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Saturday, December 17, 2022

RIP Passwords Again?

Security advances. 

 RIP Passwords? Passkey support rolls out to Chrome stable

With a huge list of caveats, initial Google passkey support is here.


Passkeys are here to (try to) kill the password. Following Google's beta rollout of the feature in October, passkeys are now hitting Chrome stable M108. "Passkey" is built on industry standards and backed by all the big platform vendors—Google, Apple, Microsoft—along with the FIDO Alliance. Google's latest blog says: "With the latest version of Chrome, we're enabling passkeys on Windows 11, macOS, and Android." The Google Password Manager on Android is ready to sync all your passkeys to the cloud, and if you can meet all the hardware requirements and find a supporting service, you can now sign-in to something with a passkey.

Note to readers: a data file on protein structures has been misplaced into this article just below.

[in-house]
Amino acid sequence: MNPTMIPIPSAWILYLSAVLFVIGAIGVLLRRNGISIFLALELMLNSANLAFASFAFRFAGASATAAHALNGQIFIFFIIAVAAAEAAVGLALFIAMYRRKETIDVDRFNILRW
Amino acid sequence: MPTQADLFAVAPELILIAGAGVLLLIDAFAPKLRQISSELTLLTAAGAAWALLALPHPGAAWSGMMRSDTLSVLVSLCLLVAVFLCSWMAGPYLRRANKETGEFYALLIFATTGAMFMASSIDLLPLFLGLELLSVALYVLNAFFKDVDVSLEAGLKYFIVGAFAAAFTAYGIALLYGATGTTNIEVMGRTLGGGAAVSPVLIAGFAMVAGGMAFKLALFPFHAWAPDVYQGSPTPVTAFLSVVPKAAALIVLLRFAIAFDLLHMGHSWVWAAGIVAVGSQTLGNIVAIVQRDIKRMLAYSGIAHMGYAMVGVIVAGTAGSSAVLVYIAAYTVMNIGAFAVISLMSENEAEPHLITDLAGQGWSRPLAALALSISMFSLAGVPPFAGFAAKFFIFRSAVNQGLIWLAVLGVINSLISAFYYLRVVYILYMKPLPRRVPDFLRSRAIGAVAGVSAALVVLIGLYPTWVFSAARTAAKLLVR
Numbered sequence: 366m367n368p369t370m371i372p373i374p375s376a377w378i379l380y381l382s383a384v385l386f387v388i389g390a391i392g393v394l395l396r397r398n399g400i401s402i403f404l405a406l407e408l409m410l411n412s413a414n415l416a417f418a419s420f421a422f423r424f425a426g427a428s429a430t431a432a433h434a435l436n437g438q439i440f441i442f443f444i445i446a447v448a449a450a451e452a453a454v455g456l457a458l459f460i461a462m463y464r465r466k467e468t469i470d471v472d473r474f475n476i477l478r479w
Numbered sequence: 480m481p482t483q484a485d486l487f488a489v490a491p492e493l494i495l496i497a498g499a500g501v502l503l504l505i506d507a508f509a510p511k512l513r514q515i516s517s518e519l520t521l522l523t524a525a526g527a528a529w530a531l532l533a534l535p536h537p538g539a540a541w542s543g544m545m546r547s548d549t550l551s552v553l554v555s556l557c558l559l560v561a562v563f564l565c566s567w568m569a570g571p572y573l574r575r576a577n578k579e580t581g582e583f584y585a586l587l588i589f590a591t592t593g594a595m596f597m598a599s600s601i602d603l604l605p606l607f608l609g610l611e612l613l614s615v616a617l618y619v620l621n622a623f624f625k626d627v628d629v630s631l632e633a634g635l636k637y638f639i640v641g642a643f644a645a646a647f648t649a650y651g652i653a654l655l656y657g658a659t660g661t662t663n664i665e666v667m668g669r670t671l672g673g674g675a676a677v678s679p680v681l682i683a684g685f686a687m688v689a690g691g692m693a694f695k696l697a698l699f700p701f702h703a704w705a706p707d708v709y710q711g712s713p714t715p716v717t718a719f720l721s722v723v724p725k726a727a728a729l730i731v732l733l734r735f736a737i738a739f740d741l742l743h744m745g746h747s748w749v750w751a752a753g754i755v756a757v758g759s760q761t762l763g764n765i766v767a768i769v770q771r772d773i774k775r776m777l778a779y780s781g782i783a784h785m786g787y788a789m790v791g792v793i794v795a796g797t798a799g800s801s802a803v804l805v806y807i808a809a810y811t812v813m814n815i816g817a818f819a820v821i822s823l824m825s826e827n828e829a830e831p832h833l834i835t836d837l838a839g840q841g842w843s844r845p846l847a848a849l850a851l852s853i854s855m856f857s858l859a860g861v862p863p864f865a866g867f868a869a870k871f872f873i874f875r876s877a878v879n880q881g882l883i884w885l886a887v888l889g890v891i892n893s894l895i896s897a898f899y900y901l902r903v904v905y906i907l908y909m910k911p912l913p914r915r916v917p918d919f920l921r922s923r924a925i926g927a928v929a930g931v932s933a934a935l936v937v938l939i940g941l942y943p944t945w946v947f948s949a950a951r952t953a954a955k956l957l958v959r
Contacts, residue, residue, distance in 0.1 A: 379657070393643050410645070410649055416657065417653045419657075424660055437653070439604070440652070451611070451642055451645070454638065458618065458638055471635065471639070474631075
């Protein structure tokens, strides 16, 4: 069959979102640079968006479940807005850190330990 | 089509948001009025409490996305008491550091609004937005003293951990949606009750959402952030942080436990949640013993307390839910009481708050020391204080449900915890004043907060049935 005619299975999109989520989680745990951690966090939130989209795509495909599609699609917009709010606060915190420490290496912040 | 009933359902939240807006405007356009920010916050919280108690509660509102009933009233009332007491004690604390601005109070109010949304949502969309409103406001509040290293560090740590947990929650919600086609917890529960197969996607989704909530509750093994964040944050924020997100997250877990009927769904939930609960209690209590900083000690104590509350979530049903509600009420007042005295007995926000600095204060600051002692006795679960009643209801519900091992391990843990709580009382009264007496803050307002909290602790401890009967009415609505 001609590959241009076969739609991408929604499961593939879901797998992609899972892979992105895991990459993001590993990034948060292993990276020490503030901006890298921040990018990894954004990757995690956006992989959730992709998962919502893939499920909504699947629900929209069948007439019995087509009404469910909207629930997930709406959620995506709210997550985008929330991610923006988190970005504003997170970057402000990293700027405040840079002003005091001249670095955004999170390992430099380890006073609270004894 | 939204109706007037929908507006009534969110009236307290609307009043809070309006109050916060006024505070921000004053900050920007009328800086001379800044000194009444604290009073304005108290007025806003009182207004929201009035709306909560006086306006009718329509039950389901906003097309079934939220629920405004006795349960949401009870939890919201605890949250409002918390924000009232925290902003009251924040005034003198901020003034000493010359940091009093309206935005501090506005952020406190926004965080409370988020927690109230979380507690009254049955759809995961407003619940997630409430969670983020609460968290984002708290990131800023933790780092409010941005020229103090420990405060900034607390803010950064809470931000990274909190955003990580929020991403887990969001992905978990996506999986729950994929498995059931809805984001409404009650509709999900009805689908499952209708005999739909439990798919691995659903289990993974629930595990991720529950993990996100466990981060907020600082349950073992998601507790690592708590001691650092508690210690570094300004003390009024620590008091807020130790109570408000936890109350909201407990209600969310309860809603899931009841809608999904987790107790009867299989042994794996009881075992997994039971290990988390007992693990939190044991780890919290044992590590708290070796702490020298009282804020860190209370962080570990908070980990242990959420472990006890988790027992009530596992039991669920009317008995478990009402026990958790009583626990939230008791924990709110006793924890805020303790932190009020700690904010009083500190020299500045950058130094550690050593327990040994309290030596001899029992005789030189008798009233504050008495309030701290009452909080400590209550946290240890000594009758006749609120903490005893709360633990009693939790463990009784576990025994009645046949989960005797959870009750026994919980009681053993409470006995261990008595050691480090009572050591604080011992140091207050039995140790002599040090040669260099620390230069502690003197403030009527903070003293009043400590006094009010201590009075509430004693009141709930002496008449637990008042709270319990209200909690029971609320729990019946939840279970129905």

Passkeys are the next step in evolution of password managers. Today password managers are a bit of a hack—the password text box was originally meant for a human to manually type text into, and you were expected to remember your password. Then, password managers started automating that typing and memorization, making it convenient to use longer, more secure passwords. Today, the right way to deal with a password field is to have your password manager generate a string of random, unmemorable junk characters to stick in the password field. The passkey gets rid of that legacy text box interface and instead stores a secret, passes that secret to a website, and if it matches, you're logged in. Instead of passing a randomly generated string of text, passkeys use the "WebAuthn" standard to generate a public-private keypair, just like SSH.  ... ' 

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